There are many misconceptions about DeFi (decentralized finance). Perhaps the most important is that Defi wants to replace traditional finance. That is not the case. Rather, DeFi is a way to exponentially expand the reach of existing financial services and must be seen as a complement to TradFi, not a replacement of it.

One way to think of it is to look at the development of mobile phones into smartphones. Before the development of apps, mobile phones did one or two things – they allowed you to make and receive calls on the go and send the occasional text message. But when the app store burst into life in 2005, it was like the Cambrian explosion and a million new applications came into being. The key to that explosion was that it wasn’t dictated from on high; it was transparent, and it was open to everyone.

DeFi is transparent and permissionless, and as such, it too will evolve quickly. No one really knows how it will end up, but it is already an unstoppable trend. One of the key elements of DeFi is that it can go into areas that aren’t covered by TradFi. One is that it can create an underlying value for assets that were previously untouched by finance. It can make these assets liquid and fungible and so be used for transactions in the traditional sense, such as collateral for loans or margins for trading.

By allowing finance to expand into a much broader set of categories, it allows a much broader set of assets to come with financial rights. This is what we mean by the term the financialization of everything.

We have seen this process before. The great Peruvian economist Hernando de Soto pioneered the study of expanding property rights and titles to the poor. His book, “The Mystery of Capital,” showed how extending property rights to even the smallest patch of land or informal dwelling gave the poor an asset that they could financialize by pledging it as collateral for loans to build businesses and to escape the poverty trap. DeFi has the same transformative potential.

There will be different rates of adoption of DeFi in this new era for financial services. It will naturally be better received in countries that have weak economies and poor financial infrastructure. Those poor countries have much greater incentives to find ways to increase the financial footprint of their economies. DeFi will allow them to broaden their asset base and remove the structural constraints of their existing financial systems. It is no surprise that there are already more people with MetaMask accounts in the Philippines than there are people with bank accounts.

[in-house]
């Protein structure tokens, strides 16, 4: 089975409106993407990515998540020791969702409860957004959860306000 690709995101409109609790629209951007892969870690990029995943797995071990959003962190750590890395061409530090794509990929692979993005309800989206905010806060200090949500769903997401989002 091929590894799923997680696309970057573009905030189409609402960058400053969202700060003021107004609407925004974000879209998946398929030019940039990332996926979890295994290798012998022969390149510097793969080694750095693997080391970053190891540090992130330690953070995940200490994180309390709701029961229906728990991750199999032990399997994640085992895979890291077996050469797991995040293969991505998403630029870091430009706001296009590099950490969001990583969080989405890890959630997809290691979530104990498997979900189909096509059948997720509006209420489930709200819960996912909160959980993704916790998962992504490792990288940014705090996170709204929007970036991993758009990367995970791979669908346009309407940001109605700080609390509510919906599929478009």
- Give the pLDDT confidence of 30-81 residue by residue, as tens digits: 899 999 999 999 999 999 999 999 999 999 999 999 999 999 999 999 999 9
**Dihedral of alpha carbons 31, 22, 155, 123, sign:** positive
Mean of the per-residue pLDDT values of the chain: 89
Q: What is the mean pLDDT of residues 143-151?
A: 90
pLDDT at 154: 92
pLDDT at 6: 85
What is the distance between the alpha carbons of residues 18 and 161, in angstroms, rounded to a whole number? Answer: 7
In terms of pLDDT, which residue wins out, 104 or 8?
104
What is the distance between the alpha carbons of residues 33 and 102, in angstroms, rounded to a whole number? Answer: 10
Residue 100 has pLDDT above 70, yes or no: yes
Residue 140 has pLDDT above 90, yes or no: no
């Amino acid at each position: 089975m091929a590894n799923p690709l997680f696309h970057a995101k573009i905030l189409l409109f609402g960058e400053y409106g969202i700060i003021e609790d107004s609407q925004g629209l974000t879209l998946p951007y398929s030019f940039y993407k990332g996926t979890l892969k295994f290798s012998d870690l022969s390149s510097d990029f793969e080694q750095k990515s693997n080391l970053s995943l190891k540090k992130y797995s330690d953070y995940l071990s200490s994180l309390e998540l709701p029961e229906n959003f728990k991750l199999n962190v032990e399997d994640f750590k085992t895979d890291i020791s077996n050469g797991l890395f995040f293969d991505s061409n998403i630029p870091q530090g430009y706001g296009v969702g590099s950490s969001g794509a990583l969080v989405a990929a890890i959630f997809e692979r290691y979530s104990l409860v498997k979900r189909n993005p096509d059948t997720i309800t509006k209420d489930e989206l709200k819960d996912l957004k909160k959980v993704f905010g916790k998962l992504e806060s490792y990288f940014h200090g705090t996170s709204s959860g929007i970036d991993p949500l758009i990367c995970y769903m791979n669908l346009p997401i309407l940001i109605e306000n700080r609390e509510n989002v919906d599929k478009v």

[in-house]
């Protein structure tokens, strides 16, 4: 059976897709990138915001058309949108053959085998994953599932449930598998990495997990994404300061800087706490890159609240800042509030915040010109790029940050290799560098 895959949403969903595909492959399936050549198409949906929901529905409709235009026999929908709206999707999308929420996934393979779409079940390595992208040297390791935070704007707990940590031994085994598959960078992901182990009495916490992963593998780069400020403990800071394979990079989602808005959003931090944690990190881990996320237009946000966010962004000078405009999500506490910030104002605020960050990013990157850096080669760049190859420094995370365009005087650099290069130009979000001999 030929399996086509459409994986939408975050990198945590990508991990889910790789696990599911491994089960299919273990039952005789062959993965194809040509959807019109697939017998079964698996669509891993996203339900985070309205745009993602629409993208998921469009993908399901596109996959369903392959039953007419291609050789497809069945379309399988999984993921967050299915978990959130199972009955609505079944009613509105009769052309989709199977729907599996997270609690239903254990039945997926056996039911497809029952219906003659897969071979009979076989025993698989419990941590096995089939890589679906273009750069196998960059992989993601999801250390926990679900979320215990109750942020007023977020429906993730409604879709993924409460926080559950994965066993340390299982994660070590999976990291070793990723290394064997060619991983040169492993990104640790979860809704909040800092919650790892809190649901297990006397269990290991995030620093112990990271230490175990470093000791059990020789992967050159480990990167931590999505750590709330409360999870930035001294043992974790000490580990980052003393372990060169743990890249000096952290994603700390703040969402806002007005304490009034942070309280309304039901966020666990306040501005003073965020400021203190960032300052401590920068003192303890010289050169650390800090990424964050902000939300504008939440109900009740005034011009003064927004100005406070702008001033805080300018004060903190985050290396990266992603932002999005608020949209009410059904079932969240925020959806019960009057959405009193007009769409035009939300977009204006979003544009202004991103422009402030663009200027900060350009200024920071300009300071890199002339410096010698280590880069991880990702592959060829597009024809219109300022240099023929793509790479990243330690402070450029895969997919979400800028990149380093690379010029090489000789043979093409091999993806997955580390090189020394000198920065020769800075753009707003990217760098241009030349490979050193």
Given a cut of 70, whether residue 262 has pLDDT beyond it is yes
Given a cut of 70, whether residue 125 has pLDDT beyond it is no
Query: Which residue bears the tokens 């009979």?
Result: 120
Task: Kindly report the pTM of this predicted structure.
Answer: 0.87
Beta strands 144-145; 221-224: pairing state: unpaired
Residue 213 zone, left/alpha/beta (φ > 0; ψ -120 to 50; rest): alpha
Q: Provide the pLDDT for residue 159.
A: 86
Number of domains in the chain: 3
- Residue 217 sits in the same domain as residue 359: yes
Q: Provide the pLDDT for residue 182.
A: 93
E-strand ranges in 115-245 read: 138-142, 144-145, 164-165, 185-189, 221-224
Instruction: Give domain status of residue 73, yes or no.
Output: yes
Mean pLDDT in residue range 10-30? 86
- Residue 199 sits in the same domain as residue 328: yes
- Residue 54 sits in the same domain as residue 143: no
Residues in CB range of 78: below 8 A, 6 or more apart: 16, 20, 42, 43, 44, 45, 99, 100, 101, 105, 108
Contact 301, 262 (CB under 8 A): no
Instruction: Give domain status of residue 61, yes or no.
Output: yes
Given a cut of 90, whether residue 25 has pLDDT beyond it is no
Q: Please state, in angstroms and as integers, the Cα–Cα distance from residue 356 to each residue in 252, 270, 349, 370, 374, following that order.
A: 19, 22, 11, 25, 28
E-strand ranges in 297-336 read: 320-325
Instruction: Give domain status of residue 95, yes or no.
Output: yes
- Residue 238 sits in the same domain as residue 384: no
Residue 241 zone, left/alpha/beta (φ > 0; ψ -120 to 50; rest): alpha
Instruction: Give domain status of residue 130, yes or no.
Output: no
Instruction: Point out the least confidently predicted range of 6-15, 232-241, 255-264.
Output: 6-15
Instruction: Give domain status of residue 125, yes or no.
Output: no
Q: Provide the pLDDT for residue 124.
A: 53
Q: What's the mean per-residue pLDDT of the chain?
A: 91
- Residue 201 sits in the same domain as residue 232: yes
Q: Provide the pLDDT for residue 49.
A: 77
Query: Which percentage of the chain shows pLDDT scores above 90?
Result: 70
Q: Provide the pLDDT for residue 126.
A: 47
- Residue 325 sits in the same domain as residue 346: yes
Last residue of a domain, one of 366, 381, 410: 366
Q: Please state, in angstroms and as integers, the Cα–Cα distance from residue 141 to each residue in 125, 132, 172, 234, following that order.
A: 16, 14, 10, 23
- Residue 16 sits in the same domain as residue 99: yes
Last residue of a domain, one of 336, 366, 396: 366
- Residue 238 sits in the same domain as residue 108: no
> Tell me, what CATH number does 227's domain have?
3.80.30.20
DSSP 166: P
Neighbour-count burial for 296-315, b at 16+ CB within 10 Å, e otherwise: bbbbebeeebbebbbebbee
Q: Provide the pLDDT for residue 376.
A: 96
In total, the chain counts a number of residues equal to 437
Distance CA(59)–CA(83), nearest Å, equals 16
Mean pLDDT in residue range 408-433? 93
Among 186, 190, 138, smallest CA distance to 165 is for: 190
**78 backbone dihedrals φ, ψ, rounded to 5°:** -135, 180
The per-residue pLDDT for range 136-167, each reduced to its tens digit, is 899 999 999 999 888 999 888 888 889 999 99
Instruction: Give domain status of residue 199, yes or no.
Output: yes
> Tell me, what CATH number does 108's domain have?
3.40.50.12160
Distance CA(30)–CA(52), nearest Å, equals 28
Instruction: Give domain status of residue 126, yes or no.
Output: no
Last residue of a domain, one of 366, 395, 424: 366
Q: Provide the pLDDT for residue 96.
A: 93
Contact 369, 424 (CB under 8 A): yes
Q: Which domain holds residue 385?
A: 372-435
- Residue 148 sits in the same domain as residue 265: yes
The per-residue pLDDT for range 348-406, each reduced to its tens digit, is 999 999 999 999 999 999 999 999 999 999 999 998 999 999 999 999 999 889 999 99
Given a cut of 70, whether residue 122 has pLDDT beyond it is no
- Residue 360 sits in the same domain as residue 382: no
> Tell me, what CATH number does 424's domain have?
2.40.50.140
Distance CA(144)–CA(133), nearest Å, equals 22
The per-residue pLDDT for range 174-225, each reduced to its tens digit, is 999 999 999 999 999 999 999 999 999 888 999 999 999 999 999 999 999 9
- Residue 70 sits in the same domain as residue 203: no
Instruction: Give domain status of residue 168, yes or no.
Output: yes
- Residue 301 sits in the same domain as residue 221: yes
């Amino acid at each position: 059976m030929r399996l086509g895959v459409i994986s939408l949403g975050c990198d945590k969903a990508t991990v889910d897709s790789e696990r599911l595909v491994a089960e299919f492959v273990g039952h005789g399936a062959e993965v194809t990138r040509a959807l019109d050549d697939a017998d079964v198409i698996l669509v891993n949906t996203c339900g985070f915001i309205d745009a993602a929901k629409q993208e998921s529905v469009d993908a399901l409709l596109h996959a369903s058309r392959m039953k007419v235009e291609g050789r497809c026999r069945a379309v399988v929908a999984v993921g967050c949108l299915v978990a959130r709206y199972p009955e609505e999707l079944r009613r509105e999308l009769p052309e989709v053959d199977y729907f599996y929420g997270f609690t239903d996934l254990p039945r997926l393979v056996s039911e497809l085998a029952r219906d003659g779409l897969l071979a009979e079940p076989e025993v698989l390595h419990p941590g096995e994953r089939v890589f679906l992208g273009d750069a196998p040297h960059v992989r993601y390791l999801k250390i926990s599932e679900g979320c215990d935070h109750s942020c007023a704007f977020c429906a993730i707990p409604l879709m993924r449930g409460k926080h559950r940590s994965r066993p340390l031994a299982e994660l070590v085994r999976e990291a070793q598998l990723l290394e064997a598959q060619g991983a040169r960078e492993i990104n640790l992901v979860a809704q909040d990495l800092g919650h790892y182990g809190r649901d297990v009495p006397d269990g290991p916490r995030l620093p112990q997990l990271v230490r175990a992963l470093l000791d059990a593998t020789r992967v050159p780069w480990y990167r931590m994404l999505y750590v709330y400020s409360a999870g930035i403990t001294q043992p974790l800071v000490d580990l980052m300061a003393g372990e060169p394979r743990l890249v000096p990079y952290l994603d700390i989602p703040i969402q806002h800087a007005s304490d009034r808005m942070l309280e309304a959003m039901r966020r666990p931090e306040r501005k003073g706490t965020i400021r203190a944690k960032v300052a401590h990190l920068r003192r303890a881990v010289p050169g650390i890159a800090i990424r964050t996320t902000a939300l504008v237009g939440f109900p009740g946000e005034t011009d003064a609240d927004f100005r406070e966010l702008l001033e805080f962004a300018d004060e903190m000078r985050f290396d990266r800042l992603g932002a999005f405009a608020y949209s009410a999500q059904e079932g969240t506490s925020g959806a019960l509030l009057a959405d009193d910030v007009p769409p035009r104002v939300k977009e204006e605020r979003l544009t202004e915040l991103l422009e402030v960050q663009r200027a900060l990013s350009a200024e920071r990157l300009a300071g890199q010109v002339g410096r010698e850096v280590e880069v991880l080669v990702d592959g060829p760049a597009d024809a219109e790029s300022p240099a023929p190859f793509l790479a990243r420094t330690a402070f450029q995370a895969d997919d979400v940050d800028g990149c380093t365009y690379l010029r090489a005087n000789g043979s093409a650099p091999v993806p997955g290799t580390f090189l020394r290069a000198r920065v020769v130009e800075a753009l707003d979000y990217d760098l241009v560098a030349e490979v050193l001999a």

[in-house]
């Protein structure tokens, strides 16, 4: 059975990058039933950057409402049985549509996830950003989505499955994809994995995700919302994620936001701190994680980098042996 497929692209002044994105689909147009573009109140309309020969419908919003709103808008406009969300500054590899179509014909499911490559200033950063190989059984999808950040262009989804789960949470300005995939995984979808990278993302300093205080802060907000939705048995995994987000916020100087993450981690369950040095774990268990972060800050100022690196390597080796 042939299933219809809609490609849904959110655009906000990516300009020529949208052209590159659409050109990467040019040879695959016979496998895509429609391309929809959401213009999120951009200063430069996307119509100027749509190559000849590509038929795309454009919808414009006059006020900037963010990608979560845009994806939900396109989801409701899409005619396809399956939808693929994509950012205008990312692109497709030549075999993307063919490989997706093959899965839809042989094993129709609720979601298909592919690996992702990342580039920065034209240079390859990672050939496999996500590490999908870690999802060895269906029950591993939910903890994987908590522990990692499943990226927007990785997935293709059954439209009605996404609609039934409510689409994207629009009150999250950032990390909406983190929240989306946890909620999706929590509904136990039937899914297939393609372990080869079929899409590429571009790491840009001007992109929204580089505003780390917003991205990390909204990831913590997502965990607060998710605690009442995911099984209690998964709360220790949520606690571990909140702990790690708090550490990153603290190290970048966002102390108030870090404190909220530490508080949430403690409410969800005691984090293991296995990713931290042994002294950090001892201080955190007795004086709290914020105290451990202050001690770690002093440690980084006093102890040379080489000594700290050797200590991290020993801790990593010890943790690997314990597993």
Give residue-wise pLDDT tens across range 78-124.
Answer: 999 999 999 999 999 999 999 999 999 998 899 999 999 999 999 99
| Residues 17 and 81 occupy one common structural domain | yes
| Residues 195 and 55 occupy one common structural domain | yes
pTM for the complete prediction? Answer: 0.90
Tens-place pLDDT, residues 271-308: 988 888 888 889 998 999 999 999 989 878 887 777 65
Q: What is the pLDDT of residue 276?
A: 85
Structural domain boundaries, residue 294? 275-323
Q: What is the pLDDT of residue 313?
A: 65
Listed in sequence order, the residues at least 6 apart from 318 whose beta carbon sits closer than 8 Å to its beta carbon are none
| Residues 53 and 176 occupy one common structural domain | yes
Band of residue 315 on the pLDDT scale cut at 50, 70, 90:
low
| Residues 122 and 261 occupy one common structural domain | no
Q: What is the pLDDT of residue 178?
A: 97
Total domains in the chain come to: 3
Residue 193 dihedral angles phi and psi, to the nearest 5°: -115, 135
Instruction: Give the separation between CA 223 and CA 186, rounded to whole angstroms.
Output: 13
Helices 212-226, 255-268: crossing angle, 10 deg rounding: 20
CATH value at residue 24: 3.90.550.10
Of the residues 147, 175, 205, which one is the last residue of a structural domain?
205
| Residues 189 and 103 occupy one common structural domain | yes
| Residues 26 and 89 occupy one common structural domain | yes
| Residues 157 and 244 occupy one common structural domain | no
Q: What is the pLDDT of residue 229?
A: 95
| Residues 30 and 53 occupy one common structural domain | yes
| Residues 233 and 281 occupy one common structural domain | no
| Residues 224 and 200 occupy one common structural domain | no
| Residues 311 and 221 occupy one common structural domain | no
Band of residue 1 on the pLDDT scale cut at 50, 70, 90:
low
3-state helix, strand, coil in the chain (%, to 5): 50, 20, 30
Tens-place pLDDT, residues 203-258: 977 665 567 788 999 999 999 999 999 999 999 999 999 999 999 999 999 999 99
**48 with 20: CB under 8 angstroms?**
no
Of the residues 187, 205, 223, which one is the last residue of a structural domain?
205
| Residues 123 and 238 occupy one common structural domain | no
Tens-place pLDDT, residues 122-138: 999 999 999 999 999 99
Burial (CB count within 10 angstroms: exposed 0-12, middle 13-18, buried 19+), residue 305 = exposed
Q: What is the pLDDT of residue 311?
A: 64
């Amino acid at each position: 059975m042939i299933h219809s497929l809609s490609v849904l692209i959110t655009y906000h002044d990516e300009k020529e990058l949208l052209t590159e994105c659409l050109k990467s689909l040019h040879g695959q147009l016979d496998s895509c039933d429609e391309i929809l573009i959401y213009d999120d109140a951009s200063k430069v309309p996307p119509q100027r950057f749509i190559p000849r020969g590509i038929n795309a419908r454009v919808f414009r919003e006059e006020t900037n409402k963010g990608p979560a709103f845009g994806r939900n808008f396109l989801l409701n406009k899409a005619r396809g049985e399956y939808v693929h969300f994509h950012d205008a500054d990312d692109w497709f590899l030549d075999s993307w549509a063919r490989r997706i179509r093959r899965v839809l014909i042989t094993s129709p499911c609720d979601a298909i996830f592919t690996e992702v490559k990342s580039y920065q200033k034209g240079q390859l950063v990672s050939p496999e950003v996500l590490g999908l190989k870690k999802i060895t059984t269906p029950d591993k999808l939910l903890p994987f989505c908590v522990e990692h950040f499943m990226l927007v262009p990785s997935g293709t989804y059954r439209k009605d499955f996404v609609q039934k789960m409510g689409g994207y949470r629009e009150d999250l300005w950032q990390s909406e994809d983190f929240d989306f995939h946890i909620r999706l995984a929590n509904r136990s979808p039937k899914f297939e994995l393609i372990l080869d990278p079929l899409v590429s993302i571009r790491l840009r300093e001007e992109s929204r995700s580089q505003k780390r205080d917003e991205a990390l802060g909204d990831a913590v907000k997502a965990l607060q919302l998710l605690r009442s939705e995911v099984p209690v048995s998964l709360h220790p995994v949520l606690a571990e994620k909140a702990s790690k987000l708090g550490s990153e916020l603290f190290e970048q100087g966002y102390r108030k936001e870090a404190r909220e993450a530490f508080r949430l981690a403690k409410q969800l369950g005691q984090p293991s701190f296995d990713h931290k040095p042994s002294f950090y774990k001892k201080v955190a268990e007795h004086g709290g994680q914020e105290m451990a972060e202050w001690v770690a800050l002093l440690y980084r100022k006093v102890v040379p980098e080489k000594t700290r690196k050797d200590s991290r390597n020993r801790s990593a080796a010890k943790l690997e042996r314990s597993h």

The only thing that DeFi removes is barriers. But it is still at a very early stage of development. And as with all new technologies at early stages of development, it can be still complicated to operate and clunky in its user experience. It is complicated for general users to start entering smart contracts and writing protocols.

“People are willing to pay for what they need,” says John Ge, founder and CEO of Matrixport. “They also lack the skills to interact with smart contracts directly – it’s too complex. If we want to get more people into DeFi, it is necessary to make it as simple as possible.”

DeFi needs intermediaries. And we expect the next wave of activity in the DeFi sector to be on the customer-facing side, rather than the tech development side. Making DeFi as easy to use as the app store will be the next kicker in its development.

Matrixport provides just such a gateway to invest directly into DeFi within several taps in its app with full transparency on yields. Its centralized-DeFi offering pools a basket of liquidity mining projects from established players such as Uniswap, Cure and Compound. The ease of the platform is built on robust research, monitoring and security audits of the underlying data protocols. This has made Matrixport’s DeFi offering popular in market neutral periods when investors are looking for stable yields.

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